I normally visit antiques shops looking for cameras; you never know what you fill find there. There’s quite a few quality levels when we’re talking antique shops and that one was more an indoors junkyard than a shop; these are the kind of shops I normally like, but hell, all that stuff looked like it had been dug up from a dump.
The ‘camera section’ was a glass cupboard filled with trashed brownies, 8mm cameras, some rusty SLRs and three or four folding 6x9s. When I took a close look I could not believe what I saw: an Argos. The salesman was a royal pain in the ass: he had the theory that folders are worth at least fifty bucks cause people like them as paperweights. To be honest, it was my bad: if you are before a dishonest salesman and you take interest in something, he will double the price. Fifty bucks paperweights. Man, tell me where this kind of customers are, because it they’re paying this for a paperweight they would give a million for a Leica.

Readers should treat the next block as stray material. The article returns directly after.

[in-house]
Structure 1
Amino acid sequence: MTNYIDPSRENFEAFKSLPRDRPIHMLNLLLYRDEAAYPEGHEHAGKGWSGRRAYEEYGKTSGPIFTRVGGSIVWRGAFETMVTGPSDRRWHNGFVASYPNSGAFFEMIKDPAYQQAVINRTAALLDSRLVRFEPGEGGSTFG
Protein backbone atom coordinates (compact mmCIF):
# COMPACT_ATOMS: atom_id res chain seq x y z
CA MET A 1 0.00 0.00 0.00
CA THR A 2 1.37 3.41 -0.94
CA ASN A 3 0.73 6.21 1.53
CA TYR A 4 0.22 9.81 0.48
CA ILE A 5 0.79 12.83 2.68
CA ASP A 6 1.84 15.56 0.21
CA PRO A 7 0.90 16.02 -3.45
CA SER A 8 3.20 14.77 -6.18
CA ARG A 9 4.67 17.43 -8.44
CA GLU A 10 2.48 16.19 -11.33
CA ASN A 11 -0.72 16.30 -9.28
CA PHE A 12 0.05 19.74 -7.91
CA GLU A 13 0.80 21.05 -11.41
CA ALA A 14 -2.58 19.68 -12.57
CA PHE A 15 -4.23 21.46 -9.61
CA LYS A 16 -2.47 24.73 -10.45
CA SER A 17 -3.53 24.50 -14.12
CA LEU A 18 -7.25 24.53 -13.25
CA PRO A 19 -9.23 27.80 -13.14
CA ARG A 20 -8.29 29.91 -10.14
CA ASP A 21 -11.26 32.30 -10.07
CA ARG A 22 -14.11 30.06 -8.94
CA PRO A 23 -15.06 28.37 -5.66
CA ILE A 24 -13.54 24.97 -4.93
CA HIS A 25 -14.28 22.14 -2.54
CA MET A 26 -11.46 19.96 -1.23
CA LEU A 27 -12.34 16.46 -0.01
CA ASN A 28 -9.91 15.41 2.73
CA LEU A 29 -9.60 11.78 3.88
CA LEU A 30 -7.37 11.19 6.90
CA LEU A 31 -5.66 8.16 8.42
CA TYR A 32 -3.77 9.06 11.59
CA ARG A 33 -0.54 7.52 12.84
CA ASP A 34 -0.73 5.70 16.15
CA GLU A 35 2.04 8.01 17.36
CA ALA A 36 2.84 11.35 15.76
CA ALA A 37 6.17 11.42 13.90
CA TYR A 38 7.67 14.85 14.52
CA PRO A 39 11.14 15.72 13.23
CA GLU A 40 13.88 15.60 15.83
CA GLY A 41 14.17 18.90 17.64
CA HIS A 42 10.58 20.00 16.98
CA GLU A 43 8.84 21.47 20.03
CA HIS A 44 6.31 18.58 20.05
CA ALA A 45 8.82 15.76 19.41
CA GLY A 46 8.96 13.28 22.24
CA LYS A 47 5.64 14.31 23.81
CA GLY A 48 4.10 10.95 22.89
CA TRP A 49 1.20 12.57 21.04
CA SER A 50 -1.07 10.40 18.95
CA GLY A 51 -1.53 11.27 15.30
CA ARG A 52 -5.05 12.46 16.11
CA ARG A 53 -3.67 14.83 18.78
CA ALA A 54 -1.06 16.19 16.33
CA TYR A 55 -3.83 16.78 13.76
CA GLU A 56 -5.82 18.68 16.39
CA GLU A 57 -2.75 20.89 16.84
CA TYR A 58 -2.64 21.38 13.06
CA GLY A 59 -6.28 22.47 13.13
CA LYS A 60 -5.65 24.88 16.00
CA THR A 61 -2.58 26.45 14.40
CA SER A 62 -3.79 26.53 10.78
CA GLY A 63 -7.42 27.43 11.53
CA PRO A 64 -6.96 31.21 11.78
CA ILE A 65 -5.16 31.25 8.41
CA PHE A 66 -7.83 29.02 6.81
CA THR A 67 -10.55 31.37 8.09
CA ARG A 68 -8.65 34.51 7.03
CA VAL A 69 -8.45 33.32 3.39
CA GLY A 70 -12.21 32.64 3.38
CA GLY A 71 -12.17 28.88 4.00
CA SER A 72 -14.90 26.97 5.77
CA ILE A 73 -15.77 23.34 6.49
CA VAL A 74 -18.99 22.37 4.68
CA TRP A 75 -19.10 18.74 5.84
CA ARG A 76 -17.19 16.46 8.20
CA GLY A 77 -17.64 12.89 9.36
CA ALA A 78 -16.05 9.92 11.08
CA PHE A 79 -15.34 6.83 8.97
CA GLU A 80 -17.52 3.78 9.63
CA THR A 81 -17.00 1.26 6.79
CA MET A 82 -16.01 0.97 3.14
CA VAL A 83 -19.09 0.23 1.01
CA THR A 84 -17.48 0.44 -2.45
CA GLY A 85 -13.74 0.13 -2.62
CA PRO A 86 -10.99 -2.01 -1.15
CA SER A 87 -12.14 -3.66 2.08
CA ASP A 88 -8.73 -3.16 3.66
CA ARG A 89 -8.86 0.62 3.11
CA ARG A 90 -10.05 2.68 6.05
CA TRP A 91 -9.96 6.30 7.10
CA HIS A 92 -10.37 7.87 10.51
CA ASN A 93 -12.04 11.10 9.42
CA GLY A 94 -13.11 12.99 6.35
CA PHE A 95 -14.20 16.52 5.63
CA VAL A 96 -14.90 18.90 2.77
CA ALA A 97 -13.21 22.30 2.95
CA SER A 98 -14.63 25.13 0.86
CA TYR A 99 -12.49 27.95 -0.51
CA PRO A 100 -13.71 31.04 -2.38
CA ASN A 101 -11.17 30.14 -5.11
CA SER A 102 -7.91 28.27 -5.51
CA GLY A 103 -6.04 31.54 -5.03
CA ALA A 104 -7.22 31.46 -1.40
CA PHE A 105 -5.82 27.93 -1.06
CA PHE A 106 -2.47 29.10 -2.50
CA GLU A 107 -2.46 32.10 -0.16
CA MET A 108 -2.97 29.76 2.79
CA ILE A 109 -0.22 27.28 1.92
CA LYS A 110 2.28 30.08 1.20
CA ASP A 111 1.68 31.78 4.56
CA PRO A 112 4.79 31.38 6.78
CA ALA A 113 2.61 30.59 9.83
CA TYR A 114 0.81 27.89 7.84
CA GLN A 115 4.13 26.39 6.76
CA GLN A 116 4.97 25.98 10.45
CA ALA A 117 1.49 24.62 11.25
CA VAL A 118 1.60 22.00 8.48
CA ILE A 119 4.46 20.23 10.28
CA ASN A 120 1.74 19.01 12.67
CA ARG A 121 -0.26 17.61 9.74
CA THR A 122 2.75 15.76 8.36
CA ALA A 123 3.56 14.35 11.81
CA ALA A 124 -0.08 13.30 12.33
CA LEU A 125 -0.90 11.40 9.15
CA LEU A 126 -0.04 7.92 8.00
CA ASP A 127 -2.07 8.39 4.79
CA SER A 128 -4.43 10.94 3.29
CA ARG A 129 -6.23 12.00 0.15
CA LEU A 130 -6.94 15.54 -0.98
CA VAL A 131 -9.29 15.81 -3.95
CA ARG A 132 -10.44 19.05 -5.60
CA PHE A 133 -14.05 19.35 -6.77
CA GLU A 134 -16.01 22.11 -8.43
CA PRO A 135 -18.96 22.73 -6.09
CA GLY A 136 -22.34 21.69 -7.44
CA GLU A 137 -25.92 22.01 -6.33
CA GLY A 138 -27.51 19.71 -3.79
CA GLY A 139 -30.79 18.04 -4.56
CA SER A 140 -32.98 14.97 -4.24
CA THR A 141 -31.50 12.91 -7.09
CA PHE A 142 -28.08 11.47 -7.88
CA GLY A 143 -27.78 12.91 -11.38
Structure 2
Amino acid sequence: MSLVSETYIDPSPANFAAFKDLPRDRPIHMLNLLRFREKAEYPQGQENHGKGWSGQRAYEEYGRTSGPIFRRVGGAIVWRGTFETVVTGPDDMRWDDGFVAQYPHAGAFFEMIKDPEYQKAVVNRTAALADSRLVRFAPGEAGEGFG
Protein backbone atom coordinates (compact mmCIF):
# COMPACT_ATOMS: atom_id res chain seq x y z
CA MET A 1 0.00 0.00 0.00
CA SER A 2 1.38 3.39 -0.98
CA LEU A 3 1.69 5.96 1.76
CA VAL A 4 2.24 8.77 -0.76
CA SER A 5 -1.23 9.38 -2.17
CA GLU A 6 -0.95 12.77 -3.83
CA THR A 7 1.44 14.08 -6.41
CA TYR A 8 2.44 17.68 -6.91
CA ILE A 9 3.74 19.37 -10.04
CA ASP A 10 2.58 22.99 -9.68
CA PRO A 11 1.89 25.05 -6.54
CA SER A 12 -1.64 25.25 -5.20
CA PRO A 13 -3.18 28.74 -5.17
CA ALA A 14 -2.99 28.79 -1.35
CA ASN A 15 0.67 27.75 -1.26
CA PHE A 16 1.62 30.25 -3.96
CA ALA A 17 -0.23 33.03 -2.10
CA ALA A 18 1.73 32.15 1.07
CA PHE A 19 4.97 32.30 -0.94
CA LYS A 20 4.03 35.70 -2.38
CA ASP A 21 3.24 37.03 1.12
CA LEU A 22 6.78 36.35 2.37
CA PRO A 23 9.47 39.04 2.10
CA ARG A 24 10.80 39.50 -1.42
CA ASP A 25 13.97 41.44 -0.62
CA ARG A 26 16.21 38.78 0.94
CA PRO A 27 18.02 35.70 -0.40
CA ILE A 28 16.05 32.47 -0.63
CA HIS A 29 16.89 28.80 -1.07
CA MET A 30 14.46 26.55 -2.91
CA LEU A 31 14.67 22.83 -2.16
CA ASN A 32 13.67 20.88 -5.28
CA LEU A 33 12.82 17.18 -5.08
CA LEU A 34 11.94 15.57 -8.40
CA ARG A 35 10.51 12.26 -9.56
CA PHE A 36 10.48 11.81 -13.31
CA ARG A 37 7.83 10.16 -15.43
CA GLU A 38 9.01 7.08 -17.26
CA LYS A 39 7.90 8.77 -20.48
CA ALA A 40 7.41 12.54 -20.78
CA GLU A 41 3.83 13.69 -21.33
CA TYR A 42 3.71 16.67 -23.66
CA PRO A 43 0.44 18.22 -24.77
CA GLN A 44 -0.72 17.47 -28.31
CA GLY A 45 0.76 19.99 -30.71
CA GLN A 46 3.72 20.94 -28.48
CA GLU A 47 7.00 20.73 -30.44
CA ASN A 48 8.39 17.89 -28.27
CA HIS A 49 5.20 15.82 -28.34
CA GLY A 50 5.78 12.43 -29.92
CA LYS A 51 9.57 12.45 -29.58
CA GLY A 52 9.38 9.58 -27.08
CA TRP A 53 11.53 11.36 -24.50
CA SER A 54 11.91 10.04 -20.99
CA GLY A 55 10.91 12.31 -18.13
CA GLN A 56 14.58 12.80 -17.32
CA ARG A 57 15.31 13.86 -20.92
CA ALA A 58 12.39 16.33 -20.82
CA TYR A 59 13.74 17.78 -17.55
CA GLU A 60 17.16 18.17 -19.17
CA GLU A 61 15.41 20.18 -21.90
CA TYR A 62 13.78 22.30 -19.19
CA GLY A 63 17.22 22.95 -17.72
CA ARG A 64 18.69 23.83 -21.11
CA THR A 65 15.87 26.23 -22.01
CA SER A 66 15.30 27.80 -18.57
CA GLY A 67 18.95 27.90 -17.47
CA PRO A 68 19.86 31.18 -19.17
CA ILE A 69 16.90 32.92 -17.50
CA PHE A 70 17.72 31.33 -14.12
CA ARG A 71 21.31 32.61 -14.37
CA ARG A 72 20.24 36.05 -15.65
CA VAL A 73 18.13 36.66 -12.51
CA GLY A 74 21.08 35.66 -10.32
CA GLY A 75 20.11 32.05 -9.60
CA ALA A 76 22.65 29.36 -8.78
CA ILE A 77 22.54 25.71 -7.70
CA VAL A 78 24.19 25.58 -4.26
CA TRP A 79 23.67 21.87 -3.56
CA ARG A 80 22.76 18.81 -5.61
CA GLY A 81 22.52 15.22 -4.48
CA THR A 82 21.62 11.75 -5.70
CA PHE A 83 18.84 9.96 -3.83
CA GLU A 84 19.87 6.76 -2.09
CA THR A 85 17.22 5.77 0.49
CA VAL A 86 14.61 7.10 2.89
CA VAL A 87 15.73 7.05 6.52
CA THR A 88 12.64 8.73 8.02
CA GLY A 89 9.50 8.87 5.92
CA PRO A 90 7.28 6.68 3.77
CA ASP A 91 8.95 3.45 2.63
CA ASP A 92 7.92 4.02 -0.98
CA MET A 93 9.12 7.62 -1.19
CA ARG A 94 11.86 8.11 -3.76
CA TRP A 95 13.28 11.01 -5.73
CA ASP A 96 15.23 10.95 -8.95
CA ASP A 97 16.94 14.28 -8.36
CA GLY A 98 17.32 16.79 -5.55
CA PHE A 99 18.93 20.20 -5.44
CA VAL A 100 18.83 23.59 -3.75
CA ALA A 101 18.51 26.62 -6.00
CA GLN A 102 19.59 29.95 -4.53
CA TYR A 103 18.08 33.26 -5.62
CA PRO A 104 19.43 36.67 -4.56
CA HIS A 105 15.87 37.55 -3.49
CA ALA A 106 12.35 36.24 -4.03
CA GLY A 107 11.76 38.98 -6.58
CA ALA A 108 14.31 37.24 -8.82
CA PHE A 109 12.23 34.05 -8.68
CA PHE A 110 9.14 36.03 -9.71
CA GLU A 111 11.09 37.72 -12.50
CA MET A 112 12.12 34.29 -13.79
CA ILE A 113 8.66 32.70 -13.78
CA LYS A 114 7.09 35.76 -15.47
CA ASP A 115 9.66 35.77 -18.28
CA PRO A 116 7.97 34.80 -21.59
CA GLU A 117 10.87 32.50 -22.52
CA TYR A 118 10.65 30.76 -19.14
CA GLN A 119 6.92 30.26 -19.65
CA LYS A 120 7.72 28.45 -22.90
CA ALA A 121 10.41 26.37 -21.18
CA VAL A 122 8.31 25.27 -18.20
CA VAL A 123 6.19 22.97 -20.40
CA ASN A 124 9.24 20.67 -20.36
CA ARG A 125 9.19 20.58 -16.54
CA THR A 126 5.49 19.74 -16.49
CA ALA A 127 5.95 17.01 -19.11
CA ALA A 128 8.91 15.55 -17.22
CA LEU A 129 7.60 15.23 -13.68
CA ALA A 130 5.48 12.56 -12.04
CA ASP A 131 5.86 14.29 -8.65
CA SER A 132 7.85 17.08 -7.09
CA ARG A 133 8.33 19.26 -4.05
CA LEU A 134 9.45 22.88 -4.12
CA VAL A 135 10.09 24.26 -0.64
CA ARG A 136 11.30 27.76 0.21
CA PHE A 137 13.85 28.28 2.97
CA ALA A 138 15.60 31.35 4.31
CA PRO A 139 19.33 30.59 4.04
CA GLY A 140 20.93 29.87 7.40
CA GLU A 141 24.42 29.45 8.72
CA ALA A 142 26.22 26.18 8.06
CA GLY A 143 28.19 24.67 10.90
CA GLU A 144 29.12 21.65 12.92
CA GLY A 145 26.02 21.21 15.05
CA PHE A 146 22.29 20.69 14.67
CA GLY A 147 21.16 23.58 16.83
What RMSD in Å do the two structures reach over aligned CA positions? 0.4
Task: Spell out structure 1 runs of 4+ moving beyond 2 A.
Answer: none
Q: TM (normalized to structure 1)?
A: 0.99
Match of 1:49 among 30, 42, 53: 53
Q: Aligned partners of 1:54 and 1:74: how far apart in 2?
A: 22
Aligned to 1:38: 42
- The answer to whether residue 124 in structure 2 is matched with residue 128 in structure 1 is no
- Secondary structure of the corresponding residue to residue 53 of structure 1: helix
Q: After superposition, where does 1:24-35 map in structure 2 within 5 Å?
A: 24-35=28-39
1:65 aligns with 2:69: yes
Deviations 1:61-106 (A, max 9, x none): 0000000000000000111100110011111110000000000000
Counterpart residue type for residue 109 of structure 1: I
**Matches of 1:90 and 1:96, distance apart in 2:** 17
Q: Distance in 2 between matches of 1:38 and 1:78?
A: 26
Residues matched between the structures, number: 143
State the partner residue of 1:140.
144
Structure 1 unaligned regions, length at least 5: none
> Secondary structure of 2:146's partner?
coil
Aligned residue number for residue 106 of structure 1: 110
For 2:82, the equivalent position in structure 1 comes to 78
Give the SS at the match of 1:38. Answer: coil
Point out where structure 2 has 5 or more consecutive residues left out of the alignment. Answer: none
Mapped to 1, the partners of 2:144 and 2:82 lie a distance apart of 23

Here it is. Look at it, for this is the camera that definively made Leica… an underdog in the selling charts. Who’s to blame? Junior. Ludwig Leitz, Ernst Leitz’s son, was really full of himself In Junior’s eyes, ‘flex’ cameras were a trend that wouldn’t last: real men shot rangefinders. Now it’s not the fifties anymore, and we know what happened next. The Leicaflex shows the strong bias towards rangefinders in Wetzlar: they tried to design a SLR that was as little a common-lore-reflex as it could be.